Places: Carmina

  • Last updated on December 10, 2021

First transcribed: c. 50 b.c.e. (English translation, 1894)

Type of work: Poetry

Asterisk denotes entries on real places.

Places Discussed*Rome

*Rome. CarminaCenter of Roman civilization that is the backdrop for most of Catullus’s poems. His verses include descriptions of the cosmopolitan circle in which he lived and wrote. When he describes the Spaniard Egnatius or his Roman friends Furius and Aurelius, for example, he does so from the perspective of an urban and urbane Roman.


*Verona. Catullus’s birthplace in northern Italy. His affection for Verona is reflected in the poems in which he mentions visits to the city or people and things associated with Verona. Catullus uses Verona and other towns as opportunities to celebrate his love of Italy and to satirize features of Italian life.


*Bithynia (bah-THIHN-ee-ah). Roman province in what is now Turkey, where Catullus spent an unsuccessful period as a minor administrative official. It provides the poet with occasion to laugh at himself and his unfulfilled ambitions of fortune-hunting there. In one poem, he presents Bithynia as an exotic place where a Roman official might acquire slaves to carry a litter.


*Troy. Region in Asia Minor associated with the ancient city of Troy that was, for Catullus, a place for mourning. In several poems he mentions the death and burial of his brother there, and one poem describes how he grieves at his brother’s tomb, dampening the soil of Troy with his own tears.

BibliographyConte, Gian Biagio. Latin Literature: A History. Translated by Joseph B. Solodow and revised by Don Fowler and Glenn W. Most. Baltimore: The Johns Hopkins University Press, 1994. An excellent introduction to Catullus and his works in this comprehensive volume. Despite the relatively limited space, Catullus’ verse is explored in some detail.Ferguson, John. Catullus. New York: Oxford University Press, 1988. Examines the life, career, and achievements of Catullus. Helpful on Catullus’ style and its influence on later writers.Janan, Micaela Wakil. “When the Lamp Is Shattered”: Desire and Narrative in Catullus. Carbondale: Southern Illinois University Press, 1994. Examines various approaches to Catullus’ work in terms of culture and sex. Sees Catullus as setting up “oscillations” between contradictory elements in human beings.Martin, Charles. Introduction to Poems of Catullus, by Catullus. Baltimore: The Johns Hopkins University Press, 1990. In his introduction, Martin notes that Catullus was a technically accomplished poet who influenced modern writers such as Robert Frost and Ezra Pound.Stuart Small, G. P. Catullus: A Reader’s Guide to the Poems. Lanham, Md.: University Press of America, 1983. A close-reading explication of Catullus’ works. Helpful in resolving textual problems.Zetzel, James E. Z. “Catullus.” In Ancient Writers: Greece and Rome. New York: Charles Scribner’s Sons, 1982. An excellent starting point for study of the poet. Provides a fairly comprehensive survey of Catullus’ accomplishments, set within the context of Latin literature.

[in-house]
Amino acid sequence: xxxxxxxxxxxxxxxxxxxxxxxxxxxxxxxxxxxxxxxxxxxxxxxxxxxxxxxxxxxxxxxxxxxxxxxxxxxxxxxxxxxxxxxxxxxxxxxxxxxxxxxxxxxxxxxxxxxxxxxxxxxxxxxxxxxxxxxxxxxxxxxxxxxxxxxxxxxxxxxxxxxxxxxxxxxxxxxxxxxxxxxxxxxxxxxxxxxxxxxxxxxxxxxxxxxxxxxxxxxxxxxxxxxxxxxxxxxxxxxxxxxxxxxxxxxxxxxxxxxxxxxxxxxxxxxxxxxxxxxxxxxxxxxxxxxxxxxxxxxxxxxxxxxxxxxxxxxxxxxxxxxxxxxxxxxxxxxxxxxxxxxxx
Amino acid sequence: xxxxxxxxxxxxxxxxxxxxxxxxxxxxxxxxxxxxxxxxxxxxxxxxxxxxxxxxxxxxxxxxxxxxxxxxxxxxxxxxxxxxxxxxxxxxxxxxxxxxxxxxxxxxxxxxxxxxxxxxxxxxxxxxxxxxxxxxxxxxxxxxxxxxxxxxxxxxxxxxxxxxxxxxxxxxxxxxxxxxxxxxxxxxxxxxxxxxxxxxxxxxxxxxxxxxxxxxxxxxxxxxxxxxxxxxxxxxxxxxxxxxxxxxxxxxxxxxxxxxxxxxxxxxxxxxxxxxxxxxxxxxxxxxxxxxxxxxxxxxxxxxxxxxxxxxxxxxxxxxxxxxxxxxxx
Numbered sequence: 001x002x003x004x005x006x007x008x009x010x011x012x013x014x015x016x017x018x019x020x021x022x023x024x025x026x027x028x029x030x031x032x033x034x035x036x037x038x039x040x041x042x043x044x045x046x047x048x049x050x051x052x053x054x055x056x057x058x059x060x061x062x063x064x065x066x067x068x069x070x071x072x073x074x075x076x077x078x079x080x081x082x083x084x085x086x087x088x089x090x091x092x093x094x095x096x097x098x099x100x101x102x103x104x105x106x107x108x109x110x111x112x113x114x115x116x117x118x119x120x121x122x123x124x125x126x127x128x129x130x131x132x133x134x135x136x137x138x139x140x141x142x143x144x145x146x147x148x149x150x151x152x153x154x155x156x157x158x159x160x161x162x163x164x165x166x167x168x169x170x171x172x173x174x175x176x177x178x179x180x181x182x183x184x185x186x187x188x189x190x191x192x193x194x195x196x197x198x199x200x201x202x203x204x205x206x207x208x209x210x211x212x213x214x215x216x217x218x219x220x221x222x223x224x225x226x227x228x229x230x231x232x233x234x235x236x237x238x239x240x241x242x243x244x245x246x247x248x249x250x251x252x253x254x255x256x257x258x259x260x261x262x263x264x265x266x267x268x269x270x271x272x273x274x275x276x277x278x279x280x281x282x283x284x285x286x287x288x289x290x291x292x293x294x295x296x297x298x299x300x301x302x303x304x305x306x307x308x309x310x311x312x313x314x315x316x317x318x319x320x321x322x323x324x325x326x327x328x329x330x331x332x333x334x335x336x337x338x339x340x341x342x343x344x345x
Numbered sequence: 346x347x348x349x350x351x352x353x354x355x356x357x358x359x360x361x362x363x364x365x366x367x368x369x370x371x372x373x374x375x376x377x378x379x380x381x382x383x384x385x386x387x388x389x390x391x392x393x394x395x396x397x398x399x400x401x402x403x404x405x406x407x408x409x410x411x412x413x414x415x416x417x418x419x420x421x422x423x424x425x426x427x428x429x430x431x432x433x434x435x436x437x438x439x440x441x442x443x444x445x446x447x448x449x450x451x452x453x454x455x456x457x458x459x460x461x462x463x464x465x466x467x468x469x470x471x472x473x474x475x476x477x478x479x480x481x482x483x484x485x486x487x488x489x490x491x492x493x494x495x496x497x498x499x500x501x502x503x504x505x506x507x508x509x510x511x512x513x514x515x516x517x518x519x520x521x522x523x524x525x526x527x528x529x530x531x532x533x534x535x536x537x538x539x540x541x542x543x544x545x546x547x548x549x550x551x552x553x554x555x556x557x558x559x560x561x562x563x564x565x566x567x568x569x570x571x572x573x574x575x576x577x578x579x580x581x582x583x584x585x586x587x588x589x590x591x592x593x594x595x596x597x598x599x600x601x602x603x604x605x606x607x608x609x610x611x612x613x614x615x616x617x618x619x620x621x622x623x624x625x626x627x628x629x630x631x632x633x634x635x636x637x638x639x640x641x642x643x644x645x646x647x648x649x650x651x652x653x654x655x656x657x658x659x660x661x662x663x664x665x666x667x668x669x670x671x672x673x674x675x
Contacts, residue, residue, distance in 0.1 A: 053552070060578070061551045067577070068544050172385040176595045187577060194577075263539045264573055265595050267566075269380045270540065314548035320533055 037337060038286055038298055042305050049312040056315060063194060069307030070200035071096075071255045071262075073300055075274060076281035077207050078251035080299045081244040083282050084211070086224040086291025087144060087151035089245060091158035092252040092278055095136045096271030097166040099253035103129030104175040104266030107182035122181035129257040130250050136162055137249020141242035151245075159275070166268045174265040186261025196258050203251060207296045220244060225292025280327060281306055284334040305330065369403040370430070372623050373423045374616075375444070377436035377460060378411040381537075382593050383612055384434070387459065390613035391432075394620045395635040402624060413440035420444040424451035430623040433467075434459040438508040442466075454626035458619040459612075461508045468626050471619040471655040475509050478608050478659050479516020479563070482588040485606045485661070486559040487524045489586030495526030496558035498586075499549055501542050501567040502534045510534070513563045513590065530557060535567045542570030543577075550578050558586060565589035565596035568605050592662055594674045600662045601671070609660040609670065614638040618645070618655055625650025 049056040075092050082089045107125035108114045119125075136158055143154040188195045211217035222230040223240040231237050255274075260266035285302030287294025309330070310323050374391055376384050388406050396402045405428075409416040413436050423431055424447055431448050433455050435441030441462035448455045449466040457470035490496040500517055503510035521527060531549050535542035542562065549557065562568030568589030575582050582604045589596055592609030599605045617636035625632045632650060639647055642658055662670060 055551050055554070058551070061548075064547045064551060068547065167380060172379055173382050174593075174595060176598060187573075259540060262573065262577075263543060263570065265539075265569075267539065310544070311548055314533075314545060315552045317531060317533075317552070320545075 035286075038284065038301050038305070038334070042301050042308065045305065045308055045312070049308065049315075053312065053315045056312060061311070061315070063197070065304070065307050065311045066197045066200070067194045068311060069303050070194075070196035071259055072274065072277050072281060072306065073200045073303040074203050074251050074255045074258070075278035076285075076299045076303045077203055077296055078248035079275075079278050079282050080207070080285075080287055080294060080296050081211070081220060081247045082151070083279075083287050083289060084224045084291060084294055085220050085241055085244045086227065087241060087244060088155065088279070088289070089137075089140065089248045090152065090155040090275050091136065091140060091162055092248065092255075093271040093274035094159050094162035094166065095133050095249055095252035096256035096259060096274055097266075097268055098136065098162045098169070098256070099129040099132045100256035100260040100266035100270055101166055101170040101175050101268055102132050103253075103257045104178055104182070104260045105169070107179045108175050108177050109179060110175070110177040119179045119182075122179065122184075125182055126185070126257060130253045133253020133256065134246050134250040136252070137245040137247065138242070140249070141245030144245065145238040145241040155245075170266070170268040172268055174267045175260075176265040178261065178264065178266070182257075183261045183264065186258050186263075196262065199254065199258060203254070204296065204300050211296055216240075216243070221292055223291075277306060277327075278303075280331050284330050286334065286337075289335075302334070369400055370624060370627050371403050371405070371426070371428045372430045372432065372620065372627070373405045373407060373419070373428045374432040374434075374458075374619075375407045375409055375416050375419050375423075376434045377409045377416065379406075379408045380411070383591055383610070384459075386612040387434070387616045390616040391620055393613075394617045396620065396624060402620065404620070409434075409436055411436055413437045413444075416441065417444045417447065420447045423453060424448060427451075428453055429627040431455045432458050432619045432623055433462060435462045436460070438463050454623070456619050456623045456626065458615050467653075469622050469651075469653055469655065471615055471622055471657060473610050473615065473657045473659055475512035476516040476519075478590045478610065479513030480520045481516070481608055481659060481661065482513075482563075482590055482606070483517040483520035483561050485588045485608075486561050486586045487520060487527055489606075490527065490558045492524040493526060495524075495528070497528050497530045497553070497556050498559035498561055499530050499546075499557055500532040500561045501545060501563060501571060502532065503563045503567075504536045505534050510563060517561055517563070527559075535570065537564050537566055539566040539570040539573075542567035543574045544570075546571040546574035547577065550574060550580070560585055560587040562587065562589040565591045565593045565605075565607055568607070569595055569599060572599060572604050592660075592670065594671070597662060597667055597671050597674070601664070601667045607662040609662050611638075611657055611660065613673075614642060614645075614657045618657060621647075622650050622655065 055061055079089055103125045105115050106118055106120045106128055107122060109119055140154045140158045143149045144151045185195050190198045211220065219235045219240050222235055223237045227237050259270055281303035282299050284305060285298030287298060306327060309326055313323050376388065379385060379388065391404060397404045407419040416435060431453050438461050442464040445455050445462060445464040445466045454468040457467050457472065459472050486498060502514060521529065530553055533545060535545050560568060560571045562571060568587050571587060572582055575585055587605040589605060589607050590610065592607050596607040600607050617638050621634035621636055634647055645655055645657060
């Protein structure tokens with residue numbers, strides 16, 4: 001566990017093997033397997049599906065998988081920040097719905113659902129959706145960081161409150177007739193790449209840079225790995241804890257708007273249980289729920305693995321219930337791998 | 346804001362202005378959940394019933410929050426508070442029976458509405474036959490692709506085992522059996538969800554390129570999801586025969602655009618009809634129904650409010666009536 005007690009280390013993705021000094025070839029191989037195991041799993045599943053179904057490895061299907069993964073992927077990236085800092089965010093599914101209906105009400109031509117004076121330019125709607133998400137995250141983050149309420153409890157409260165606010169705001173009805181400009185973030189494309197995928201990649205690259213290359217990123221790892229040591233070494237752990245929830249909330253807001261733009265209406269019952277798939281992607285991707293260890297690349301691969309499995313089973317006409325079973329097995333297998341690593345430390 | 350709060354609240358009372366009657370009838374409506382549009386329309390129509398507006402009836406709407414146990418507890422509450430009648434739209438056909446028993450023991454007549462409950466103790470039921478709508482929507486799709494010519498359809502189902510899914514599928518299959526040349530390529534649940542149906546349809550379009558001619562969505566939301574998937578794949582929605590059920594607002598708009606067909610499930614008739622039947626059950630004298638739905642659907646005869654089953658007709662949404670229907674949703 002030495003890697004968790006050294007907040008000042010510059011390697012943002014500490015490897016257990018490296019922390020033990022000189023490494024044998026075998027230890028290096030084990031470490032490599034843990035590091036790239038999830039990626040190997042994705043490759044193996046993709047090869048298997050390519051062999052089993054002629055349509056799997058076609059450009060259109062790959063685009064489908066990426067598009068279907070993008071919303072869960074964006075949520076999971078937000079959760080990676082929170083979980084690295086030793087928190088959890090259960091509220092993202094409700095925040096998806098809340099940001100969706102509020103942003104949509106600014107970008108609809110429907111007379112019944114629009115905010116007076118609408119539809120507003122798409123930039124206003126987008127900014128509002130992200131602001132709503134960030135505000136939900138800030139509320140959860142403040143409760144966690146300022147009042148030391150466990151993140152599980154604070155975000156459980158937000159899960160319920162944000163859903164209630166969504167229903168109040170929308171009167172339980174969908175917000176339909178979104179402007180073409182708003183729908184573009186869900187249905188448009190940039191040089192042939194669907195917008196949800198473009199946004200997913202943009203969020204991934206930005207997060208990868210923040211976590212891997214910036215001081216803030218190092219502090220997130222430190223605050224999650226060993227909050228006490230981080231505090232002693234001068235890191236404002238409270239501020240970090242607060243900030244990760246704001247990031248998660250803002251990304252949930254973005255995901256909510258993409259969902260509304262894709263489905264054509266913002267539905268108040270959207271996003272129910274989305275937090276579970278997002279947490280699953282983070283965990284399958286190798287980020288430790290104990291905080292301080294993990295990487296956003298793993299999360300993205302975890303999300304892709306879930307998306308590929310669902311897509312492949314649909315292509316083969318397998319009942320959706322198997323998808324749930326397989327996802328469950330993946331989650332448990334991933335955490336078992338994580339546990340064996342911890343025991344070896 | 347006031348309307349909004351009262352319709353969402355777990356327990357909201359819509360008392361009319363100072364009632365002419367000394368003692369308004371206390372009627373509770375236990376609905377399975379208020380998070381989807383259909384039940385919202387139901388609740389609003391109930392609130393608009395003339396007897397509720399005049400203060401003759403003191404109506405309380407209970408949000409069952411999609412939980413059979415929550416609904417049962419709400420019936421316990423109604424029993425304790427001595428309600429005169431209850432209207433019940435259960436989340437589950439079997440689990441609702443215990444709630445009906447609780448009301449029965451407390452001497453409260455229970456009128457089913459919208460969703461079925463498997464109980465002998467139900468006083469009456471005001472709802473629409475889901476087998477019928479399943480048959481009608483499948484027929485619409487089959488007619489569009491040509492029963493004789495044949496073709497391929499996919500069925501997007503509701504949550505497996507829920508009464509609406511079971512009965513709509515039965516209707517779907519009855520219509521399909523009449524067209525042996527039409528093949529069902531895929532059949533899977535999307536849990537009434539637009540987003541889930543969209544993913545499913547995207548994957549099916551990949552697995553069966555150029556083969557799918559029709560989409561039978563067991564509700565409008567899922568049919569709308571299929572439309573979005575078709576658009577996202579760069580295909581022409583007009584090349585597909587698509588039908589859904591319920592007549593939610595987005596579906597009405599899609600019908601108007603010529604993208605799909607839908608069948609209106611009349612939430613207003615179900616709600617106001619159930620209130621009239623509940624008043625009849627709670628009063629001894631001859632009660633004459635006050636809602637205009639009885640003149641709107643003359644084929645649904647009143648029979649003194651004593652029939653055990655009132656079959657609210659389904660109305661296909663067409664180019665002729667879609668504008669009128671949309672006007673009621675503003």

Categories: Places